On the river Bunas is a magnificent temple to Crishna, called Nathdwara, or The Portal of God. It contains a statue of Crishna, said to have been in existence many ages, if not from the time when he was himself on earth. No terrible austerities are practised here, no animals sacrificed; but from all points of the compass are poured in offerings to this most popular incarnation of compassionate Vishnu. Some give large landed estates, others bestow rich coronets and costly jewels to adorn his image. Spices are sent from the Indian Isles, frankincense from Tartary, dried grapes from Persia, rich shawls from Cashmere, silks from Bengal, grain and fruit from the husbandmen, flowers from women and children. The presiding Bramin appoints consuls in all the great commercial cities to collect and transmit the donations of millions of votaries.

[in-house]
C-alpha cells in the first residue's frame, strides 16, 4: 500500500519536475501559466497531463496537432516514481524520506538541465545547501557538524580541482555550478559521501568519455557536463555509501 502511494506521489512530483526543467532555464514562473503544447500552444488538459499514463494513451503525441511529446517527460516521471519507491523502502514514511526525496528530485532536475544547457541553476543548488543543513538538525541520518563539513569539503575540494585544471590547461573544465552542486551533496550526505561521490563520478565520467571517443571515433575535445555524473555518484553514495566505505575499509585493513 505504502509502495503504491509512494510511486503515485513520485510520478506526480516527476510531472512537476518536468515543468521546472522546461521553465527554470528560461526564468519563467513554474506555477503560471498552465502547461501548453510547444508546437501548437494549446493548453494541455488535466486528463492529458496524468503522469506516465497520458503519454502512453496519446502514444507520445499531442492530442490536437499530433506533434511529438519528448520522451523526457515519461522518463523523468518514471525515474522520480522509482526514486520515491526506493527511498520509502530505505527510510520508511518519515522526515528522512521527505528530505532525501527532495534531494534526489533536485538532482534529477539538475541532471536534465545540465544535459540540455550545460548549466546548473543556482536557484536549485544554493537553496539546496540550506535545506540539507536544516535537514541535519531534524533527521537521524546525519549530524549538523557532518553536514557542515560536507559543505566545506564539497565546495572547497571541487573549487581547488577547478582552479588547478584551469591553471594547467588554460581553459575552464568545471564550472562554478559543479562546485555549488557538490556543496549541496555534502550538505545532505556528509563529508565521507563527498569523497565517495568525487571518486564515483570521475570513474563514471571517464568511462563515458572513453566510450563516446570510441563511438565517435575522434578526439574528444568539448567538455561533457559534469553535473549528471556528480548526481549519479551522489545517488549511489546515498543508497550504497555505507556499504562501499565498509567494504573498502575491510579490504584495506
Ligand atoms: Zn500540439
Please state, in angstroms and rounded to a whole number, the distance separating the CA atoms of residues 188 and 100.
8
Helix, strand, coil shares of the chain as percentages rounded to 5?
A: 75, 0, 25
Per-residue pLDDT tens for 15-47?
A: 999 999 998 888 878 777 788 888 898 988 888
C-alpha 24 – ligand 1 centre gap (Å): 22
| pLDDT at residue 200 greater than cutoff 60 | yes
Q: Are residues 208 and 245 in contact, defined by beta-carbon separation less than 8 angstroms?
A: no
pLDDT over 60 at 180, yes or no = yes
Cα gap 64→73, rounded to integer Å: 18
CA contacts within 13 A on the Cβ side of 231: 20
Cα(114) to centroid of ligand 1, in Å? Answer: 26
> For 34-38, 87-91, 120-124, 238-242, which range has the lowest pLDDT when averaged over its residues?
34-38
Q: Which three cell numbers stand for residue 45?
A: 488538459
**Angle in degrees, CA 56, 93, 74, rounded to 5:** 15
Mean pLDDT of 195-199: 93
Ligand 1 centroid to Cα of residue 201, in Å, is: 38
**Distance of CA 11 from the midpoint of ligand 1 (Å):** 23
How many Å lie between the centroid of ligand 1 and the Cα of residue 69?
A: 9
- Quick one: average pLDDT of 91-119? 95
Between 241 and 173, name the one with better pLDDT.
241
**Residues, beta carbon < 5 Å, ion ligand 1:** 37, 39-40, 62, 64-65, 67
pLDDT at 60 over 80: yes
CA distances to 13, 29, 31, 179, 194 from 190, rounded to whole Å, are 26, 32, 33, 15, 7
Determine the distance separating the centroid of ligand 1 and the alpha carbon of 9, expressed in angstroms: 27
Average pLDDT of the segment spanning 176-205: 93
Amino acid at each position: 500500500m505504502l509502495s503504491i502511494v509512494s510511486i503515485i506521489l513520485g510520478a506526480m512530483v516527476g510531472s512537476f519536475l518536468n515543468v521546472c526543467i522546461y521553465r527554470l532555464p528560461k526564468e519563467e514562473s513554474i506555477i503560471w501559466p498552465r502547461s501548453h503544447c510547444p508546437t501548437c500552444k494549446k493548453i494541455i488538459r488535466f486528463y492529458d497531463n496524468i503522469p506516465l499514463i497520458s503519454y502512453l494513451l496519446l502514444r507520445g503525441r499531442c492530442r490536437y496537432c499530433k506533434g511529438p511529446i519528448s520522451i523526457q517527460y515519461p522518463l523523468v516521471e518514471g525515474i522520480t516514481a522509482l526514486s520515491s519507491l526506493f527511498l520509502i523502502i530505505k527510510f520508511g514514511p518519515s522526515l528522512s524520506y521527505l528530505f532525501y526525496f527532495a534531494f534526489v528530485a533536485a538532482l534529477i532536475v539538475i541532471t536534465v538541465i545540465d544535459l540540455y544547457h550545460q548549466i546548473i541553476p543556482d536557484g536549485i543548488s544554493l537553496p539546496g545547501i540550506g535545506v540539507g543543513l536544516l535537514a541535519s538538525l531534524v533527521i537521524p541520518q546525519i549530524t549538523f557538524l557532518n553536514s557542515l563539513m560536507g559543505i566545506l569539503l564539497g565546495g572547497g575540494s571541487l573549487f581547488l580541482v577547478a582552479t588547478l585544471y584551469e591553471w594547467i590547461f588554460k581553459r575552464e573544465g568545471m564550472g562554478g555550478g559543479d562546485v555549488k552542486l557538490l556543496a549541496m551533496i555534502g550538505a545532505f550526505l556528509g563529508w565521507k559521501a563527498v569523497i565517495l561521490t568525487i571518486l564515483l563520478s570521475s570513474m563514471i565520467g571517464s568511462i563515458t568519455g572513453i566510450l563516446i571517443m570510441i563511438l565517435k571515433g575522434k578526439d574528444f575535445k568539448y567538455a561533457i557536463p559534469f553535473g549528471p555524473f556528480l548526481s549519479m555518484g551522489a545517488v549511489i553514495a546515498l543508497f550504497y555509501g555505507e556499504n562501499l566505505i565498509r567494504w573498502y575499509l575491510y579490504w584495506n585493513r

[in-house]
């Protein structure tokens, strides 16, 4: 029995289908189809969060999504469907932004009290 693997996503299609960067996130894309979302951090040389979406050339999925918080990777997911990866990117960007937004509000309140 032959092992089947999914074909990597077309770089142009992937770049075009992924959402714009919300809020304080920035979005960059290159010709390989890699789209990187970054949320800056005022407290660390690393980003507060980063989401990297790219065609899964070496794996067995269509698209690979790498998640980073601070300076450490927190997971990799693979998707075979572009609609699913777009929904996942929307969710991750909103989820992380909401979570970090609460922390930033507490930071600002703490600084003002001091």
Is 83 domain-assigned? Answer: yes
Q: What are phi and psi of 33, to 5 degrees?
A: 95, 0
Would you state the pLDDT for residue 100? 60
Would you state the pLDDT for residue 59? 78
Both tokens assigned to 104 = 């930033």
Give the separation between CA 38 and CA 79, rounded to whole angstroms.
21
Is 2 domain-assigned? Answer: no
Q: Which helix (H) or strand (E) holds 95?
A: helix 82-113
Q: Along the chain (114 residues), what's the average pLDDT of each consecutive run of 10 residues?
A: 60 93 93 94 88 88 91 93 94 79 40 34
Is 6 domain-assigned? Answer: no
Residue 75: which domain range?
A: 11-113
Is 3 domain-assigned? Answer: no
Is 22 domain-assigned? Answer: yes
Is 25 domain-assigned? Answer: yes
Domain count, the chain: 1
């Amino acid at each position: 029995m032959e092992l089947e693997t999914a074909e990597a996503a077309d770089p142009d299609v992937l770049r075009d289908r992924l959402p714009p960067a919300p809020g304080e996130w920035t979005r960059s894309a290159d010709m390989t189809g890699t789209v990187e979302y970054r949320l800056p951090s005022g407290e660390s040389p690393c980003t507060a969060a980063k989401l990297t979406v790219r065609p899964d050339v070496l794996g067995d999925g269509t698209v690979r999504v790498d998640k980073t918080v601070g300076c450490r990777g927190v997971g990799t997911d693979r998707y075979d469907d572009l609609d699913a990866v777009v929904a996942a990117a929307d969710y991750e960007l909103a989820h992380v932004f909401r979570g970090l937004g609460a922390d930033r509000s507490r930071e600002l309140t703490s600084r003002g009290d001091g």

One of the oldest and most venerated temples is that of Jaga Nath, commonly called Juggernaut; one of the titles of Vishnu, signifying Lord of the World. It is at Orissa, on the northern extremity of the Coromandel coast. Europeans generally call it the Black Pagoda, because its dark colour, relieved by the sandy shore, makes it a conspicuous object to mariners a great distance off. It is a huge grotesque pyramid of granite blocks, three hundred and fifty feet high, crowned with copper balls and ornaments, flashing in the sunshine. It is covered with sculptures, among which is a large Sphinx, and many sexual emblems. An enormous Bull carved in granite projects from the front, which is toward the east. There is a tradition that when it was built it was ordained that distinctions of caste should be laid aside in the worship conducted there, and consequently that superiors and inferiors might eat together without pollution. This place is the scene of one of the most shocking festivals observed in modern times, as will be seen in succeeding pages.

On an island between the continent and Ceylon are three pagodas within one enclosure, with a gate forty feet